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Universal Design and Accessibility
First published on April 30, 2019. Last updated on May 16, 2019.
Good design tends to be accessible by a diverse a range of users, including users with visual and other impairments. This approach is called Universal Design. Further, many schools and organizations require materials to be accessible by all students. While this page won’t cover everything, it will provide some suggestions to improve accessibility.
Color and Contrast
Some students are color blind. They can’t differentiate between reds and greens. So avoid pure red or green, or make the colored content clearly differentiable. For example, instead of using red and green check marks, you could wither use blue or orange ones, or use a different symbol for each case.
Some students can’t read low contrast content. For example, black lettering upon a dark blue background might not be readable. So make certain to include a sufficiently high contrast.
Image Alternative Text
The visually-impaired often cannot perceive images. This can be somewhat mitigated by including a description in the Alt Text field for the media (see the metadata fields for media items in the Media Library). Alt Text should not merely repeat the caption. It should add descriptive information for those who cannot see the image. For example, the alt text for a volcano could be “pointed mountain with smoke puffing out of top”.
To help audio-impaired persons, videos should ideally be captioned. There are several services who will do this as well as software that allows you to enter such. An alternative that might be sometimes acceptable is to provide a transcript of the video that includes some description of visual elements.
Captioning can also be very helpful to readers whose primary language is different than that of the speakers in the video, or to those accustomed to a different accent.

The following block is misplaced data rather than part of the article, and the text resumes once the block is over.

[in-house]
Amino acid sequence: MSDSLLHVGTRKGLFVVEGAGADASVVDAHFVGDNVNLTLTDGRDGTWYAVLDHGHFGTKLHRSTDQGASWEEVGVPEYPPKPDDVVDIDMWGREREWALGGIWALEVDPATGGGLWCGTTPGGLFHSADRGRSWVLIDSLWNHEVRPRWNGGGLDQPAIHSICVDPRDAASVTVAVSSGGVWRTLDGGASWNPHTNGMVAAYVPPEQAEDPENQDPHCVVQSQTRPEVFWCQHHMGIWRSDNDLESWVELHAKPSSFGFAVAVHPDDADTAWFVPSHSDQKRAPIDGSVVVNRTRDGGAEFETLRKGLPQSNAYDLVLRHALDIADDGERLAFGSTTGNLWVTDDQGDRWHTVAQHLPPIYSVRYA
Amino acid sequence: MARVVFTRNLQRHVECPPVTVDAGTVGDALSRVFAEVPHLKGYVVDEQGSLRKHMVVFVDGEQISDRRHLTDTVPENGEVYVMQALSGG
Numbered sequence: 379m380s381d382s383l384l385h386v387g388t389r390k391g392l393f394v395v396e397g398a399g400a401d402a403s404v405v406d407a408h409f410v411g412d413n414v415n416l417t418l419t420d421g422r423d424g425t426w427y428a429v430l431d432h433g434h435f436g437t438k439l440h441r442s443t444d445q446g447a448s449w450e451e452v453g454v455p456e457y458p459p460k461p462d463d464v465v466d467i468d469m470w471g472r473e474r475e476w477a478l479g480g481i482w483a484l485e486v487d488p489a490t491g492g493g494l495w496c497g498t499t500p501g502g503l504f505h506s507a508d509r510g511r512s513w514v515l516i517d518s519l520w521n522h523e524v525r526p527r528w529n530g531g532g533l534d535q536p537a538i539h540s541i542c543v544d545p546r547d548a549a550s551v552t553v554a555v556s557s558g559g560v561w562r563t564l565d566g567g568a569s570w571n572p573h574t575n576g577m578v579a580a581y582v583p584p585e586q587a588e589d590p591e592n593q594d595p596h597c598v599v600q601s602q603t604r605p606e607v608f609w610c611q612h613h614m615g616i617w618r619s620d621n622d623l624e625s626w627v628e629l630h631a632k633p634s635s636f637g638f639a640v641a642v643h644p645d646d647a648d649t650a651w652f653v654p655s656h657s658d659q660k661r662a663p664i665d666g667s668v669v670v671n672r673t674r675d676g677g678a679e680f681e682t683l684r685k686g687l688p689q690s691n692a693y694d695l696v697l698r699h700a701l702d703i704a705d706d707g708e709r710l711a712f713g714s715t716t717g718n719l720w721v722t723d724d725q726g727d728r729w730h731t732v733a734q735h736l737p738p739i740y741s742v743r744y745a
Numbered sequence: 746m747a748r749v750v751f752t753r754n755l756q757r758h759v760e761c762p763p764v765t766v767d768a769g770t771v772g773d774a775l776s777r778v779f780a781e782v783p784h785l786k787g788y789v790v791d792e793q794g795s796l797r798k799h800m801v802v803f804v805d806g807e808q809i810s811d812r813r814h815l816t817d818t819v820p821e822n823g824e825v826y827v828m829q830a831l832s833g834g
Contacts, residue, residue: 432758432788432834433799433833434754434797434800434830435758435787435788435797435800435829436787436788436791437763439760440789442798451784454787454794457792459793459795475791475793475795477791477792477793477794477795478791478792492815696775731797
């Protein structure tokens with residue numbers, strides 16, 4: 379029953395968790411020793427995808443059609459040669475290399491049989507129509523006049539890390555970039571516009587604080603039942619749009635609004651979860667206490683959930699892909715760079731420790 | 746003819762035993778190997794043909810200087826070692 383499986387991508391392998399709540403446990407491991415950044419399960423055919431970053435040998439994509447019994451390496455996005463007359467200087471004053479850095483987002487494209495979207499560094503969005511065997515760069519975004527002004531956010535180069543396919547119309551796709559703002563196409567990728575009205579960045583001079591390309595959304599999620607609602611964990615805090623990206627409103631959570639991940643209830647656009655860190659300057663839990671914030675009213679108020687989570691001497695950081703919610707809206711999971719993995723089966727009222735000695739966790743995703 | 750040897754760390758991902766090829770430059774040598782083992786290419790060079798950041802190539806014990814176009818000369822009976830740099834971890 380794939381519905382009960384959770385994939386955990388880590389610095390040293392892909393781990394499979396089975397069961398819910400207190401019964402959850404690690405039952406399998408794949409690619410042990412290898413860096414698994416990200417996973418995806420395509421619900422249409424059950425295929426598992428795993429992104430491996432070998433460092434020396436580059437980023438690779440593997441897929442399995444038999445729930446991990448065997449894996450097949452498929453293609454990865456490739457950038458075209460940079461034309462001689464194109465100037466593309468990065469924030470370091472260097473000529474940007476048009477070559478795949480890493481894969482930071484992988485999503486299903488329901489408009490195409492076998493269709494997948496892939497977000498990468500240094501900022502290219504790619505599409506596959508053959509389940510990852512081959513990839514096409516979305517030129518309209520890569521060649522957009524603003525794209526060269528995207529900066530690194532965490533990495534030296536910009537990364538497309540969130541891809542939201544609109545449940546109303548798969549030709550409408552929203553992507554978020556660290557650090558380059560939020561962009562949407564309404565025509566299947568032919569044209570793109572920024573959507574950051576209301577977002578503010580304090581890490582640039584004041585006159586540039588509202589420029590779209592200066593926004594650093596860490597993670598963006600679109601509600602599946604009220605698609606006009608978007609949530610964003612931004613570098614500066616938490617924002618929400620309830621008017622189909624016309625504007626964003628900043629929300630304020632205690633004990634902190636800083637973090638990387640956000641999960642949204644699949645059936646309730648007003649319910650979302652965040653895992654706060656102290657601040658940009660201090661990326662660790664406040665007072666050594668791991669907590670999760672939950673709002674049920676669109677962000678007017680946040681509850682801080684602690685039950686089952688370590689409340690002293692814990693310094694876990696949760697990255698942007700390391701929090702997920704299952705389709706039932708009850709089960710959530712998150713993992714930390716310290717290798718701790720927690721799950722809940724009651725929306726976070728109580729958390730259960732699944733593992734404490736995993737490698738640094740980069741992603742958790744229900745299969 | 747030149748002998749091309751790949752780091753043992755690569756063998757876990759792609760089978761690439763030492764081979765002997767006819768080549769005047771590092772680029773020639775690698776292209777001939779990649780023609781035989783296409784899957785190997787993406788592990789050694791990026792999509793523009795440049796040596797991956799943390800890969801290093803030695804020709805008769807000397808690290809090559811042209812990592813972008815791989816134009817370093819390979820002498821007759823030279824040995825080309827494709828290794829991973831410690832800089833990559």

Responsive Design & Mobile Devices
These days, people view content on numerous types of devices and platforms, from giant monitors to tiny smart phone screens. It can be a challenge to create content that works well with all of the possibilities. This is called responsive design. Steps can be taken to improve responsiveness.
Course.Cafe itself has been tested on various platforms, and has been designed to be somewhat responsive. The layout is designed to display differently on large versus small screens. However, there is still work to do. Course.Cafe will strive to further improve responsiveness.
However, the biggest challenges that you as an author may encounter is that some embedded content itself is not responsive. You can sometimes improve responsiveness through the following measures:
- if an image, try setting a smaller image size.
- if a video, try a different video window size.
- sometimes scroll bars can be turned on for special content
- iframe (shortcode) can sometimes give you control over embedded media that can’t be obtained otherwise.
Also, obviously some content will not display well (or at all) in a PDF (especially when read offline), or when the PDF is printed on traditional paper. Please see Optimizing For Print or Display to improve content for PDF and print responsiveness.
- Universal design (Wikipedia)
- Web Content Accessibility Guidelines (WCAG)
- How to Write Alt Text and Image Descriptions for the visually impaired (Perkins)
- Image ALT Text includes examples of how to write Alt Text(Pennsylvania State University)